State          Contribution

A               Aircraft & pilots which dropped ordnance

B               Intelligence Analysis/battle damage assessment

C               Command of air operations center and air campaign

D               Ground crews which prepared aircraft including ordnance

Y               Overall coalition lead

At a minimum, there have been unintended civilian casualties during an armed conflict triggering a duty to examine. How many such untoward events would need to occur before there is a reasonable suspicion of an IHL violation such that an investigation would be required? And does the answer to the last question change if the composition of which countries forces are doing what on a given mission changes? IHL involves State obligations, so do the coalition members individually assess whether the results of the collective coalition action have crossed the reasonable suspicion?

Any effective investigation of the air strike would need to take statements and collect evidence pertaining to each step in the process that culminated in the unintended civilian casualties.  That would entail talking to, and ideally taking sworn statements subject to some kind of penalty, from members of five different States’ armed forces. To yield a coherent investigation there would need to be only one. Yet national political and policy concerns generally preclude one overarching investigation, whereby the coalition would be investigating military members from the countries participating in the coalition.

As a result State A might investigate the actions of its pilots, B might investigate its intelligence analysts and so on. But is that what an investigation “capable of identifying those responsible” looks like?

Some may think of this as merely reframing the aiding and abetting discussion, whether previously on EJIL Talk! or more recently on Just Security. But those discussions are further along on the temporal spectrum. And while certainly related, this post is about a different, lower, and earlier, threshold - that of investigating reasonably alleged or suspected violations.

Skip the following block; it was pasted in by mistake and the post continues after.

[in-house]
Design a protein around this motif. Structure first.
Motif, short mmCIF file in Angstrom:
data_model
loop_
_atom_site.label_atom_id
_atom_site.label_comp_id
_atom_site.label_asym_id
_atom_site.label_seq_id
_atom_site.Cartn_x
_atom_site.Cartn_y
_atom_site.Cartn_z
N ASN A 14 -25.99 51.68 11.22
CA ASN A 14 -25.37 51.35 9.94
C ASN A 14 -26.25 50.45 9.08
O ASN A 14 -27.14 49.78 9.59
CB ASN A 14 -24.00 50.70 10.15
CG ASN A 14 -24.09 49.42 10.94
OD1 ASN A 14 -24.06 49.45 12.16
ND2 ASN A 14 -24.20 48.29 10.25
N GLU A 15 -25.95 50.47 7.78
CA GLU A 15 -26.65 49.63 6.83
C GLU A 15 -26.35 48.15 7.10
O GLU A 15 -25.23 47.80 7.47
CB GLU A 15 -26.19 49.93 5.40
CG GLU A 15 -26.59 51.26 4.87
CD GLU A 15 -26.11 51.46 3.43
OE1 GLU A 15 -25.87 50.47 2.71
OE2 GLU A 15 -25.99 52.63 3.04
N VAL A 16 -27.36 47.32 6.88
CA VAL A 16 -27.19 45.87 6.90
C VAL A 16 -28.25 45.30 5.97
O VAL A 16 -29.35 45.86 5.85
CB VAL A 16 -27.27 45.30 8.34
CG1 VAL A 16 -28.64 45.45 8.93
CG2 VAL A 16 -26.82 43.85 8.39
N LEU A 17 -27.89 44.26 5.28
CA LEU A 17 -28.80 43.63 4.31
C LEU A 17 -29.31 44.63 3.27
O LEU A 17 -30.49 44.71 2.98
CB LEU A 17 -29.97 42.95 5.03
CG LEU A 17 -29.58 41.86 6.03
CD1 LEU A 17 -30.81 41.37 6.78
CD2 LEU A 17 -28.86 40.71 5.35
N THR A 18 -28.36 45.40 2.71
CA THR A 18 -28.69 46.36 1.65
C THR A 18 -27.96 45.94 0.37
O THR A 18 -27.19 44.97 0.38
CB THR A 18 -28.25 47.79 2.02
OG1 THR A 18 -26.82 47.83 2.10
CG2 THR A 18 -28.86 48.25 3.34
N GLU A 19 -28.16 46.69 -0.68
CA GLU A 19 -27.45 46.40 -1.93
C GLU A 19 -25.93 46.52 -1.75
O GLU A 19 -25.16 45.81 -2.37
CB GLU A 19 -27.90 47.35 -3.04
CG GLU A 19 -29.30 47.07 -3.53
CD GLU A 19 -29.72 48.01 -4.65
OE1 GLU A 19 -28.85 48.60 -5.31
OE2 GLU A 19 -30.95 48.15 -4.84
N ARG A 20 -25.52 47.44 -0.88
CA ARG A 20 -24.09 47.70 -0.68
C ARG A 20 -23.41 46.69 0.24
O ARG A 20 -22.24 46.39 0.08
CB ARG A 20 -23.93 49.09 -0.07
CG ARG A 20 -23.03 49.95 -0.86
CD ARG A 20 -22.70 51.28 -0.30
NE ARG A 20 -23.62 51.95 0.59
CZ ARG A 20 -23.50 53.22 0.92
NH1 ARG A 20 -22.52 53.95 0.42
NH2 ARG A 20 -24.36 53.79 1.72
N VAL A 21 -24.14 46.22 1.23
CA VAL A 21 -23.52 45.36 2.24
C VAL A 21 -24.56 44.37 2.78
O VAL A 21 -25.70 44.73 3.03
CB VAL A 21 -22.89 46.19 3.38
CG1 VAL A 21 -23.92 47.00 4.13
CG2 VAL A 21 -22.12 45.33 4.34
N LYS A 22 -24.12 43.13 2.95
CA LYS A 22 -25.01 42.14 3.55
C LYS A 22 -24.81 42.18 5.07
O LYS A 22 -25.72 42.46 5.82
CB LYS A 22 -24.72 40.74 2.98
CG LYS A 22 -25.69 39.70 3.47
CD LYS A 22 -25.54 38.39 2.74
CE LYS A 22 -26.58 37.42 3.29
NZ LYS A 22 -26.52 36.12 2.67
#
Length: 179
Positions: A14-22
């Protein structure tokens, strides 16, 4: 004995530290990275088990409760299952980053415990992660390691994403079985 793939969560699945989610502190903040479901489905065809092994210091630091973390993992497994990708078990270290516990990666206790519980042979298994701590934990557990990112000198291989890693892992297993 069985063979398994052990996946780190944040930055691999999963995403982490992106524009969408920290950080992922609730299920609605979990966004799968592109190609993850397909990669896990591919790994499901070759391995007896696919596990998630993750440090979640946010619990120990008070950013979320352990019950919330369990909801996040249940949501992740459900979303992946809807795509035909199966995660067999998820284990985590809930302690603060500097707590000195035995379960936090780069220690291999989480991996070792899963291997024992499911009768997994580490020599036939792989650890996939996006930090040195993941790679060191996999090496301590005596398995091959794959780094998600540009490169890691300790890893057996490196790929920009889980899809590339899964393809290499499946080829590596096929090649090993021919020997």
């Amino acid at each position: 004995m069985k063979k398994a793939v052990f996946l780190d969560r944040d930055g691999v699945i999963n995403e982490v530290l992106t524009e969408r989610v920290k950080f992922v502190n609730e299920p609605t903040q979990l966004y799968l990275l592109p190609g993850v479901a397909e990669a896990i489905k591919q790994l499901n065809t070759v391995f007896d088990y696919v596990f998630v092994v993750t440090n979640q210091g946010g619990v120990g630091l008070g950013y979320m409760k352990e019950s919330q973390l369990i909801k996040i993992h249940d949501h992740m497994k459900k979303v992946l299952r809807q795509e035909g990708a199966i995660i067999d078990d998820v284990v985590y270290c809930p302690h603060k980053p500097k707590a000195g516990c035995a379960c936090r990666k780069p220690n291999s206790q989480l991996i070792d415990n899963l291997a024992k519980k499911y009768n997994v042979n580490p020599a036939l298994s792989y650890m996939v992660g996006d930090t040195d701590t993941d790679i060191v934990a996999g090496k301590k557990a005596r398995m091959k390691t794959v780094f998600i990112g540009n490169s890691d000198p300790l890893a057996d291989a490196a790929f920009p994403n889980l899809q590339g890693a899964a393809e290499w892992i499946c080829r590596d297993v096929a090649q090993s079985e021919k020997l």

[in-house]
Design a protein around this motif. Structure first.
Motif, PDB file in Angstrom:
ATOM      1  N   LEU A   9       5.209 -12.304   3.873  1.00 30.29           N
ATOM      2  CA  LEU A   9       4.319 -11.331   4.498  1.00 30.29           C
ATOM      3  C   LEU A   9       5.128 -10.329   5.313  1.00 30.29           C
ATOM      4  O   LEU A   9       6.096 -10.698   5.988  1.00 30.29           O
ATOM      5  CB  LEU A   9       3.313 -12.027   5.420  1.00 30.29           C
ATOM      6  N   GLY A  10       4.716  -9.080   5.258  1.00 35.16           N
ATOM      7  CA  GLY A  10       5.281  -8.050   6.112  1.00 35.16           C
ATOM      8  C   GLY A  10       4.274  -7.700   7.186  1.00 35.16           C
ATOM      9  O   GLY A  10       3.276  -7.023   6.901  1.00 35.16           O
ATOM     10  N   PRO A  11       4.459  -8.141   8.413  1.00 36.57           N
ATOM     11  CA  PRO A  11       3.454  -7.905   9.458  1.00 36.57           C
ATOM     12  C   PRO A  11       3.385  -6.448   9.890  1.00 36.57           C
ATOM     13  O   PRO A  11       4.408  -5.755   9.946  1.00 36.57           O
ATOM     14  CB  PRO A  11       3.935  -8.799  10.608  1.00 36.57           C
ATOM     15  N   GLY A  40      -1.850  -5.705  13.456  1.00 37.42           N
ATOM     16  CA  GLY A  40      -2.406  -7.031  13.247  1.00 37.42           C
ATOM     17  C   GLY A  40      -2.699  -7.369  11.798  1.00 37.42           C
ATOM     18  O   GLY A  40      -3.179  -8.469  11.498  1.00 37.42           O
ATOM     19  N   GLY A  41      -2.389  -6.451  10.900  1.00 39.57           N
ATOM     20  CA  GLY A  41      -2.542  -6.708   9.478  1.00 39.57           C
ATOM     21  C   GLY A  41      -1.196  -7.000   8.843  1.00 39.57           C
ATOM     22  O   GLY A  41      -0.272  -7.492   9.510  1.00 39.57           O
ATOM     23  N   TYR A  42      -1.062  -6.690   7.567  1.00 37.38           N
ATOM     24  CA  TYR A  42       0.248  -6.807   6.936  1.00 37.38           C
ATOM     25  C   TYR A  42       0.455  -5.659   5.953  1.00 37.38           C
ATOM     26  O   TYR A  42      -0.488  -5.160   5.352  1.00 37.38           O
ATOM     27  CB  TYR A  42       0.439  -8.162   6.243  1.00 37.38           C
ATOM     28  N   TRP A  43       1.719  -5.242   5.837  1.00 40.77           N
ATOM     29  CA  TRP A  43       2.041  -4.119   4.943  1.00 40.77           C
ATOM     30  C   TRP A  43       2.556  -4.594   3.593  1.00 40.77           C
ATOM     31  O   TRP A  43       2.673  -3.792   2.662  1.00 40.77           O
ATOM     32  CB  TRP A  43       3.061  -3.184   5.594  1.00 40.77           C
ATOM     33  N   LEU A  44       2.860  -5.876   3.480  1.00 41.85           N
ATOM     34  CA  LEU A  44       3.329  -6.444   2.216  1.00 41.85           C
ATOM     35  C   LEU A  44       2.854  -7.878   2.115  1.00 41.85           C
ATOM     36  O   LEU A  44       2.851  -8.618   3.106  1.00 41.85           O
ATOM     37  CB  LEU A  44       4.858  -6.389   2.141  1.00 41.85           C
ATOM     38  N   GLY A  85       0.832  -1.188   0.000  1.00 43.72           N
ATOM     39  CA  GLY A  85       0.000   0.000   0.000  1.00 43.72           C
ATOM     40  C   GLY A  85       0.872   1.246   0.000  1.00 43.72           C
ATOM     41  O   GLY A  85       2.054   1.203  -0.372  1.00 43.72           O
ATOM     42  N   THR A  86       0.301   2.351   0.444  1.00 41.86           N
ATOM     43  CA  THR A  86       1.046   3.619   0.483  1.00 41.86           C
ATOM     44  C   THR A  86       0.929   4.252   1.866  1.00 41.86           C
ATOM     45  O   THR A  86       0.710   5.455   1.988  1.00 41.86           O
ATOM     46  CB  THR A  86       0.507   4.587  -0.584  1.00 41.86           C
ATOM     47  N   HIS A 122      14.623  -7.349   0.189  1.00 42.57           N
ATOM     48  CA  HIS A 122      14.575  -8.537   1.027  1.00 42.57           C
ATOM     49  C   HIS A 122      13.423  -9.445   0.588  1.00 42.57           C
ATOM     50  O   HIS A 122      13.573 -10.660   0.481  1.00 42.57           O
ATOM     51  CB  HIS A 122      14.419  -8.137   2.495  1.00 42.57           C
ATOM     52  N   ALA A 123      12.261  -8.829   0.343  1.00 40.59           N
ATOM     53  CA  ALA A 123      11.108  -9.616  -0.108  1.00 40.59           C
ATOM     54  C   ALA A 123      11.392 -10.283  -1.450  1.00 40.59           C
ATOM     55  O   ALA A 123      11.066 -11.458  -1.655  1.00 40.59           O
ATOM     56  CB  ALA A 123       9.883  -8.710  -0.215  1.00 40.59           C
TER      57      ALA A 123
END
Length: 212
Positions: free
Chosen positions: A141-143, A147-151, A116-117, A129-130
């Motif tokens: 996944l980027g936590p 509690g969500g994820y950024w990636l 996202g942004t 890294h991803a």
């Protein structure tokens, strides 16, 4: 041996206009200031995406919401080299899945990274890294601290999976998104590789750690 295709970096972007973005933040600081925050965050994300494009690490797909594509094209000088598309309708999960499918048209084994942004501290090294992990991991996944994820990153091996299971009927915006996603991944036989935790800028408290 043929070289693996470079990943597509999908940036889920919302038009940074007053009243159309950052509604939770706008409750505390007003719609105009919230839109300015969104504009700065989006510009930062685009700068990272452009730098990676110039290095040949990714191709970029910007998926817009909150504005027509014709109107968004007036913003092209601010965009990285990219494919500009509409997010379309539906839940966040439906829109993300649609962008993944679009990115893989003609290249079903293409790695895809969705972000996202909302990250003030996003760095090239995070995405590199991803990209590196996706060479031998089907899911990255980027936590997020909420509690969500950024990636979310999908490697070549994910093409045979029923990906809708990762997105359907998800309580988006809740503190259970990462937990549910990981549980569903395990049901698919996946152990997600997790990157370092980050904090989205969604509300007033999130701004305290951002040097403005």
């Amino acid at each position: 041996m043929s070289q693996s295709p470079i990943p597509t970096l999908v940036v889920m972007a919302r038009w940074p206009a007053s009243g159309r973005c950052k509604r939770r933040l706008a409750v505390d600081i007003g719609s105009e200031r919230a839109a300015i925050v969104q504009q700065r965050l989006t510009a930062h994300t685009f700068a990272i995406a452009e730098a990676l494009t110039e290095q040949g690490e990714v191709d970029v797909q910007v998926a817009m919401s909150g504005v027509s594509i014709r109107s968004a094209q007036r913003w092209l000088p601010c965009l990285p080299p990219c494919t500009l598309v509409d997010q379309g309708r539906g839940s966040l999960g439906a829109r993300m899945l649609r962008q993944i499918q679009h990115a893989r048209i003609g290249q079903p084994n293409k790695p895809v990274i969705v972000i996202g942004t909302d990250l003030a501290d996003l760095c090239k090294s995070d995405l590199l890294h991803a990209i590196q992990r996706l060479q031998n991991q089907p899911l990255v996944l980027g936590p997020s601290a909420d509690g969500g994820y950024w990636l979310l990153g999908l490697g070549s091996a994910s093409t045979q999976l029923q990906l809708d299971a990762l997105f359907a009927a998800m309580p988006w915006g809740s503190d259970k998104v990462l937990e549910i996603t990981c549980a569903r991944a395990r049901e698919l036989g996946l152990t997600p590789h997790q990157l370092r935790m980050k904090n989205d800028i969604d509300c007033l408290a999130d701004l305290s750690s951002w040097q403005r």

Ultimately, components of the obligation to investigate IHL violations are settled, yet the inherent challenges posed by or inherent to coalition operations seem equally clear.  If no other States were involved and State Y had performed all the tasks and functions associated with the airstrike, the international community would understandably look to Y to explain what happened, how and why. It cannot, yet seems to, be that in creating the coalition and dividing up those tasks and functions, as coalitions are designed and intended to do, that accountability has in a sense been disaggregated.  While that may accommodate the realities of a coalition, whether such a trade off comes at the expense of a measure of accountability warrants is a question we should be asking. 


Schedule of blog posts:

The joint blog series arising from the workshop follows on from our collaboration in hosting a similar series last year (see here, here and here). The Transatlantic Workshop is organized and sponsored by the Oxford Institute for Ethics, Law and Armed Conflict, the Oxford Martin Programme on Human Rights for Future Generations (both directed by Dapo Akande), the Washington DC & London delegations of  International Committee of the Red Cross, the Houston College of Law (through the good offices of Geoff Corn), and the Robert S. Strauss Center for International Security and Law at the University of Texas (directed by Bobby Chesney).

Click here for the 2015 Series.

Click here for the 2014 Series. 

For ICRC's Customary IHL Database on Prosecution of War Crimes, click here